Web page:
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Finally, the Lights Are on the South Side

October 17, 2005|Tim Brown and P.J. Huffstutter | Times Staff Writers

For a quarter of a century, ever since they sold their private businesses and went in on the other team in a Cubs' town, Jerry Reinsdorf and Eddie Einhorn conducted the same conversation, over and over.

Einhorn would say, "Jerry, you talked me into this. You said we'd make some money and have fun. What happened?"

And Reinsdorf would answer, "I lied."

Until now.

Champagne dripped from the ceiling tiles above him Sunday night, and a let-it-all-out celebration raged around him, and Reinsdorf dried his face with a towel.

"I don't even know how I feel," Reinsdorf, chairman of the Chicago White Sox, said. "I'm just absolutely numb. It's hard to believe it's been 46 years since Chicago has had a World Series."

Five years ago they hired Kenny Williams to be their general manager and two years ago they hired their former shortstop, Ozzie Guillen, to be their field manager. And on Saturday, on Chicago's South Side, they will lead the White Sox to their first World Series since 1959, with a chance to win their first title since 1917.

Following the lead of the Boston Red Sox a year ago, the White Sox shed decades of failure, riding a starting rotation that pitched four consecutive complete games to beat the Angels in five games in the best-of-seven American League championship series. They won 99 games in the regular season, persevered when a 15-game lead in the AL Central dwindled to 1 1/2 , swept the Red Sox in the division series, and on a drizzly night in Anaheim clinched the pennant with a 6-3 victory.

"Who I really feel the best for is our fans," Reinsdorf said. "Our fans have suffered and suffered and suffered for so long."

Late Sunday night, hundreds of them, their caps and shirts darkened from rain, chanted the names of Paul Konerko and A.J. Pierzynski and Scott Podsednik and Guillen from above the first-base dugout. They even cheered Reinsdorf and Einhorn, the vice chairman, and left reluctantly when the last White Sox player disappeared below.

"Last winter," Williams, the general manager, said, "we decided to sacrifice talent to gain on the character end of things. I thought, 'OK, it's a risky proposition. But if I'm going down, I'm going to go down with people who care.' I mean, that city has waited so long. Generations of people haven't seen us get to this level. I've carried it personally on my shoulders, sometimes to the detriment of my health. But, people have come and gone without this happening."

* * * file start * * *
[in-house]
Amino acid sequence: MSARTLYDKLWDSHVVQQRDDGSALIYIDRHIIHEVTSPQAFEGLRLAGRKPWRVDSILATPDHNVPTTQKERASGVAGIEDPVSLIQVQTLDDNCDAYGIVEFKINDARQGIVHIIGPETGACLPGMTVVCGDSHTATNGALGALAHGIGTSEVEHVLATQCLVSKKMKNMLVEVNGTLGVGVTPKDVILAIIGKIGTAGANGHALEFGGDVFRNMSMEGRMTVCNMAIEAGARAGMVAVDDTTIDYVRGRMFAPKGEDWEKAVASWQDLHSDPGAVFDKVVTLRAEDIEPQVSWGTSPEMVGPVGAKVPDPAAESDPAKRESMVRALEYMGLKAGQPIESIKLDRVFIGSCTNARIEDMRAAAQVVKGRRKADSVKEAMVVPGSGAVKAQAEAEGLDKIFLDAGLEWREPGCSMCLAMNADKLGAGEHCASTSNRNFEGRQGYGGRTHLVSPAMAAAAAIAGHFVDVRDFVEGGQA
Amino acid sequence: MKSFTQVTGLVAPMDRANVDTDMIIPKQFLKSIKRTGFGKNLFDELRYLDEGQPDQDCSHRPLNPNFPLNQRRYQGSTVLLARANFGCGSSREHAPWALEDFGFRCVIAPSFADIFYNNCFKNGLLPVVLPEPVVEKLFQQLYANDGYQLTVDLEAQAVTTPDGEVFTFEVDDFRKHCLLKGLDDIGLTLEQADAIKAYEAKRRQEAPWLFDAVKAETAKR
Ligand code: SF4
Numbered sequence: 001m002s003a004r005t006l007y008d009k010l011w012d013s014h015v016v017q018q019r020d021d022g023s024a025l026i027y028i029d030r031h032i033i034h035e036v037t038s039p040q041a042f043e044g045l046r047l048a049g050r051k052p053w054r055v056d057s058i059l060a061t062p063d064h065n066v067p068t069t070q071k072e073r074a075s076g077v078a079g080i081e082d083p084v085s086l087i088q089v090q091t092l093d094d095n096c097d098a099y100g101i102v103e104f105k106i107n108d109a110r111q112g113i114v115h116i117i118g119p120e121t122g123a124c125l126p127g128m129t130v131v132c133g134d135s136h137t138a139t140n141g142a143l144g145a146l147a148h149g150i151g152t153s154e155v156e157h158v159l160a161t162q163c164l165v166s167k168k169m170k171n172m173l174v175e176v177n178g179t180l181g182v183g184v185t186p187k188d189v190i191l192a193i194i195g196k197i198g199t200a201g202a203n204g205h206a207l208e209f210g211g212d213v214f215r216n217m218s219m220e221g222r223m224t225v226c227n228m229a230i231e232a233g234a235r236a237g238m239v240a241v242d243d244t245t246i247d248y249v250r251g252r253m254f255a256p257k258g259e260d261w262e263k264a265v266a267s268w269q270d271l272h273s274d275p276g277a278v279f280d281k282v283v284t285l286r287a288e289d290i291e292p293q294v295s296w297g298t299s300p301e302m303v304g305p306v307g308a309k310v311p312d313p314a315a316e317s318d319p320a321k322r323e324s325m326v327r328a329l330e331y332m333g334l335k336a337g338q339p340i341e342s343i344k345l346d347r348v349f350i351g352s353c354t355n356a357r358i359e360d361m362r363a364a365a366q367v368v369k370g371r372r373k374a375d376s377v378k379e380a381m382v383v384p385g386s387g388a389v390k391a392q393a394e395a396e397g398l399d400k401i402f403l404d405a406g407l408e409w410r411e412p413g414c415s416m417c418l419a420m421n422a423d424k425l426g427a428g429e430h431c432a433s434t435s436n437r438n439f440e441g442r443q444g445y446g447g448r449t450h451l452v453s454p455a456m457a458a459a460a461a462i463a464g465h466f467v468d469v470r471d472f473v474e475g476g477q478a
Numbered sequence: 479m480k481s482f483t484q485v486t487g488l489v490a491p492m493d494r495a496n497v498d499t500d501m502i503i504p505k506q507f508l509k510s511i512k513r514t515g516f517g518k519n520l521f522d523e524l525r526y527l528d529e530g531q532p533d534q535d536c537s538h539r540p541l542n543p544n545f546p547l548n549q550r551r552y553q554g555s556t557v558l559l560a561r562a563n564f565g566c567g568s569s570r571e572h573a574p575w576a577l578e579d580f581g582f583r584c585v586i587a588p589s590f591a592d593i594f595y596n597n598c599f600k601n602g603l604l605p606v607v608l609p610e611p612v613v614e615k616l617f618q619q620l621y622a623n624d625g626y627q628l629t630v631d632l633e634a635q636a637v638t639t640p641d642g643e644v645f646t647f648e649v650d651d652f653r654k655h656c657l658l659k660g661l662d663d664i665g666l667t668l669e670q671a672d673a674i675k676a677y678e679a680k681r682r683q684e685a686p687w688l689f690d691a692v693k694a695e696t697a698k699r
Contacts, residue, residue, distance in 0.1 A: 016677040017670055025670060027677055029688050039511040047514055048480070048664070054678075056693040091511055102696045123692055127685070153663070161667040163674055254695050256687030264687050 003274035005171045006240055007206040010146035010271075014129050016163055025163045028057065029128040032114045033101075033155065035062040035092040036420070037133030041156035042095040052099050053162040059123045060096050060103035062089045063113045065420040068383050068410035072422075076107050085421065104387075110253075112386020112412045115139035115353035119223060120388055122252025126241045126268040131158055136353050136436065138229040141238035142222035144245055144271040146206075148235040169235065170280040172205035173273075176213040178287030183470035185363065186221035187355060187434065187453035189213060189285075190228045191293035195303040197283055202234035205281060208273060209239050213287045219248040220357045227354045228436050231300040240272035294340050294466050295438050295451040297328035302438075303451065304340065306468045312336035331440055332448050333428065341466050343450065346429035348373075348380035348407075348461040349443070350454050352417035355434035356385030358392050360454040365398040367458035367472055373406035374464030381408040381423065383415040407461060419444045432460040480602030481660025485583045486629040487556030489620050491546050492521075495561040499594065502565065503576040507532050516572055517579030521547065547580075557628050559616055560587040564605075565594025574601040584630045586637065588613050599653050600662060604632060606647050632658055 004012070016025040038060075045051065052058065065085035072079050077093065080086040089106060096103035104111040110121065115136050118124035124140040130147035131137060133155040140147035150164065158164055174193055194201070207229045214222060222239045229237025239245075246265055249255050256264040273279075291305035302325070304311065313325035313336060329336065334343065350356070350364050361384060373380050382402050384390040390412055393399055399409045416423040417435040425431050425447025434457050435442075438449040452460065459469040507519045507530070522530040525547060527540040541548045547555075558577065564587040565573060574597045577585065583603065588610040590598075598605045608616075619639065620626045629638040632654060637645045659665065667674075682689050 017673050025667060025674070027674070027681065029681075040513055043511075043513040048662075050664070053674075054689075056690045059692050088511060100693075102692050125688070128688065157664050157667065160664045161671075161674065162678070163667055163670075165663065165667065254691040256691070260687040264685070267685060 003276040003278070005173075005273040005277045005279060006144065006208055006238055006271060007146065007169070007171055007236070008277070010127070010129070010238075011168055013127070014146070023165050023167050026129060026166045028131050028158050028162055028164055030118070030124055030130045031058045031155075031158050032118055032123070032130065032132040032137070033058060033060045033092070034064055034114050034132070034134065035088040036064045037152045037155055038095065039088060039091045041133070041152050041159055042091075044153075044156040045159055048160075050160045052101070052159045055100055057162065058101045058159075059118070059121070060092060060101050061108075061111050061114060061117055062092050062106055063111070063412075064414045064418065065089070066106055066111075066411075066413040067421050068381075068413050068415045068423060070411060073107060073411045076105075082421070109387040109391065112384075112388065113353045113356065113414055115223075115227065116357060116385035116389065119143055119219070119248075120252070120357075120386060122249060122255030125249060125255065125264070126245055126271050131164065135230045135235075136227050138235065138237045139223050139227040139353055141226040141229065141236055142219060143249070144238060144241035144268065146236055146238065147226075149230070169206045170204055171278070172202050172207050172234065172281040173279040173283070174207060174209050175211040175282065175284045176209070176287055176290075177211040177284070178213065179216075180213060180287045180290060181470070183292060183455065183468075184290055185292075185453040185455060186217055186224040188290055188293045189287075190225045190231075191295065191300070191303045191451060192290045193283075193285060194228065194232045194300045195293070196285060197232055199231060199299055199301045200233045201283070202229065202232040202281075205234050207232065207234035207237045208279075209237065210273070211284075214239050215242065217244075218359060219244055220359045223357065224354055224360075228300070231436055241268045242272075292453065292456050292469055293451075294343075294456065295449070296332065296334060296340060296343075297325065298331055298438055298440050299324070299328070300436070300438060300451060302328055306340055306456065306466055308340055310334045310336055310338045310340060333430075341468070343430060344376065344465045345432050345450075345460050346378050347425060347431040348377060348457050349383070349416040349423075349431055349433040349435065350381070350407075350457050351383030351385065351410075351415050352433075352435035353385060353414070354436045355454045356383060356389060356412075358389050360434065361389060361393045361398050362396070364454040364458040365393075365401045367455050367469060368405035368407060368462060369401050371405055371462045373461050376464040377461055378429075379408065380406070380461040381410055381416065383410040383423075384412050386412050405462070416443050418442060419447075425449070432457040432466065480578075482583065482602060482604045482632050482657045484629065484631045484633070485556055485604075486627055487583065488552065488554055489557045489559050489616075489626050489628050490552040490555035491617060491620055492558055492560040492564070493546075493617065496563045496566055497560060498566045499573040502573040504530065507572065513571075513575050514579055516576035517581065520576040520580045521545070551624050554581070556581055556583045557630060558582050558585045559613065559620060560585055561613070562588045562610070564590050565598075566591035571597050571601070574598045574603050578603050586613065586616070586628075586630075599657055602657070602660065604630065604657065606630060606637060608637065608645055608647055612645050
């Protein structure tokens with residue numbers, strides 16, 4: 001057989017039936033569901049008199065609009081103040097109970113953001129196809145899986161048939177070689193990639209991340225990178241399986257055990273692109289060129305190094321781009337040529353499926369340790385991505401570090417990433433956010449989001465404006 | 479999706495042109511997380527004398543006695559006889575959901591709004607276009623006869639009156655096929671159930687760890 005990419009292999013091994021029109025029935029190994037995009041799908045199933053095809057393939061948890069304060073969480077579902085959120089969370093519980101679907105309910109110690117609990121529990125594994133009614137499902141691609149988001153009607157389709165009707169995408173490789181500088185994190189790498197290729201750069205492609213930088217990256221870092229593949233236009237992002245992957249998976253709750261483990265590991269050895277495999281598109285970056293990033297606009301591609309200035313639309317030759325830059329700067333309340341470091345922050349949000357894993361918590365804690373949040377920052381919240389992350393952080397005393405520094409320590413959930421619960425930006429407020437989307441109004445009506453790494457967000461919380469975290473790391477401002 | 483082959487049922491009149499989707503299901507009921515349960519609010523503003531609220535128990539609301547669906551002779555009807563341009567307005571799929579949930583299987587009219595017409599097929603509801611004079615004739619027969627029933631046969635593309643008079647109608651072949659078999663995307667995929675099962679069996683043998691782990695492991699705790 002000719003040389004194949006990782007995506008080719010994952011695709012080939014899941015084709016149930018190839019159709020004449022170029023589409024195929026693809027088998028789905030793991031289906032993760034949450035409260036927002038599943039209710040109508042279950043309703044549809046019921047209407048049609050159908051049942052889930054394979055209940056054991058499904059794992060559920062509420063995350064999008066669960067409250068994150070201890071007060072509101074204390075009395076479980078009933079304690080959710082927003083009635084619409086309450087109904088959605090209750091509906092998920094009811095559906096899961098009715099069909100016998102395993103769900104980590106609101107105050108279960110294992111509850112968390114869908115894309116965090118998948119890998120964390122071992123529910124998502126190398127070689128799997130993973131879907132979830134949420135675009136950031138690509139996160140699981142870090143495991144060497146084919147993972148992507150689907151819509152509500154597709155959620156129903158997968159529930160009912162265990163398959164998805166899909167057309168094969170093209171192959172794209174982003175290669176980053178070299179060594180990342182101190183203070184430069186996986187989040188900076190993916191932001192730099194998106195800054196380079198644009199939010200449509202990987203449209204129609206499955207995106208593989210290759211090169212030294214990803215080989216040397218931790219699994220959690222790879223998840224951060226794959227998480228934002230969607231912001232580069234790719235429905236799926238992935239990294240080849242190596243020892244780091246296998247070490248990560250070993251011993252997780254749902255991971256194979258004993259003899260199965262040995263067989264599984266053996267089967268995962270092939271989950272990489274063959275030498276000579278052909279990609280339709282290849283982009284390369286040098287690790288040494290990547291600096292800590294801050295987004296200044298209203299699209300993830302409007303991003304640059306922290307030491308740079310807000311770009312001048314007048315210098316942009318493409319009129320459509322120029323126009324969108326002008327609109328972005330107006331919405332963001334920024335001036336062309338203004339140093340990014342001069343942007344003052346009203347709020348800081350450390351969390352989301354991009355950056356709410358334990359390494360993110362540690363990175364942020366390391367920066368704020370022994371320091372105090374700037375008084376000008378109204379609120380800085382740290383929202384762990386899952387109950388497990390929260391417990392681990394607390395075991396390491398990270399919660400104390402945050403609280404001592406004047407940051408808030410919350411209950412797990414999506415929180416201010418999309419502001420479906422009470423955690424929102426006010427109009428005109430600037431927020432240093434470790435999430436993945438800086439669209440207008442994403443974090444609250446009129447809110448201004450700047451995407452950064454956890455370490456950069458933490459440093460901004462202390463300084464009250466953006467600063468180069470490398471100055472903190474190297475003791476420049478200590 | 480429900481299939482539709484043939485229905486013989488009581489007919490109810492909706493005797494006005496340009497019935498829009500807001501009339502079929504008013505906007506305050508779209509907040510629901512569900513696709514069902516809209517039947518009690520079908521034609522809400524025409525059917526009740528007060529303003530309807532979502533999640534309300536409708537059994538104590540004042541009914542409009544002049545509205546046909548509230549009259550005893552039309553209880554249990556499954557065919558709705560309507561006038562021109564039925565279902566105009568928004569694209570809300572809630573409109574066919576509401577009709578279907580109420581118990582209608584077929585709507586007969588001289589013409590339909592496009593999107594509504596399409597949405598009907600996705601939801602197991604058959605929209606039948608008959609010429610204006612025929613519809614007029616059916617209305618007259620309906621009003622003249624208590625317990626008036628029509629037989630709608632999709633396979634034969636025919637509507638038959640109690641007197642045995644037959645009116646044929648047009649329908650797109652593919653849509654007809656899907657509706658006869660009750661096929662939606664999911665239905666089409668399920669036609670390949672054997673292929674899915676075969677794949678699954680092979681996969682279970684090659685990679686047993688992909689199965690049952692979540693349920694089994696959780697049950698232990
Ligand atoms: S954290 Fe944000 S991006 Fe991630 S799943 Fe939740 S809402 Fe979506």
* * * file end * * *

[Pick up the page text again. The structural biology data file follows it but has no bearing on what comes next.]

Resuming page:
Those who remain, or were swept along in it, saw their White Sox beat the defending World Series champions, then the grind-it-out Angels, with a better grind-it-out game. They'll play the winner of the National League championship series, in which the Houston Astros lead the St. Louis Cardinals, three games to one.

The organization has played back from a dark period, all dating from the 1917 World Series. Two years later, it endured the Black Sox scandal, in which eight players were expelled for throwing the World Series.

The White Sox did not return to the World Series until 1959, when the "Go-Go Sox" lost to the Dodgers in six games. Since then, their history has consisted of three brief postseason appearances, the ill-fated Disco Demolition Night and the 1997 White Flag trade.

It is why, perhaps, Reinsdorf once famously said he'd trade all six of his NBA championship rings -- he also owns the Chicago Bulls -- for one World Series ring.

"The longer you wait, the better it feels," Einhorn said. "So many other teams have won, and that's why it feels so good now. Chicago should be happy for Chicago. The Cub fans, you don't know. But, Chicago should be happy for Chicago. I mean, 46 years just to say you're American League champions? Crazy. It's culture shock. I love it."

Back home, White Sox fans loved it too.

As Casey Kotchman grounded to first base for the final out, hundreds of fans crammed inside the smoke-filled Schallers Pump sports bar in Chicago's South Side neighborhood of Bridgeport screamed for nearly 30 minutes in shock and hysterical glee.

Kris Sorich stood on a barstool and began to hyperventilate.

"Ohmygodohmygodohmygod!" shrieked Sorich, 42, a landscape designer who grew up a few blocks away from the old Comiskey Park. "They're in the World Series? I can't believe it. I can't."

Sorich began to sway and her knees started to buckle. A man next to her lifted her and, teary-eyed, the two began to dance.

Outside, thousands of fans flooded into the streets, waving white tube socks overhead like victory banners and chanting "We won!" until they were hoarse. Traffic congested the roads for more than a mile outside of U.S. Cellular Field, as people rushed to celebrate outside the baseball park. In downtown Chicago, a building's management turned on office lights to make out the phrase "Go Sox."

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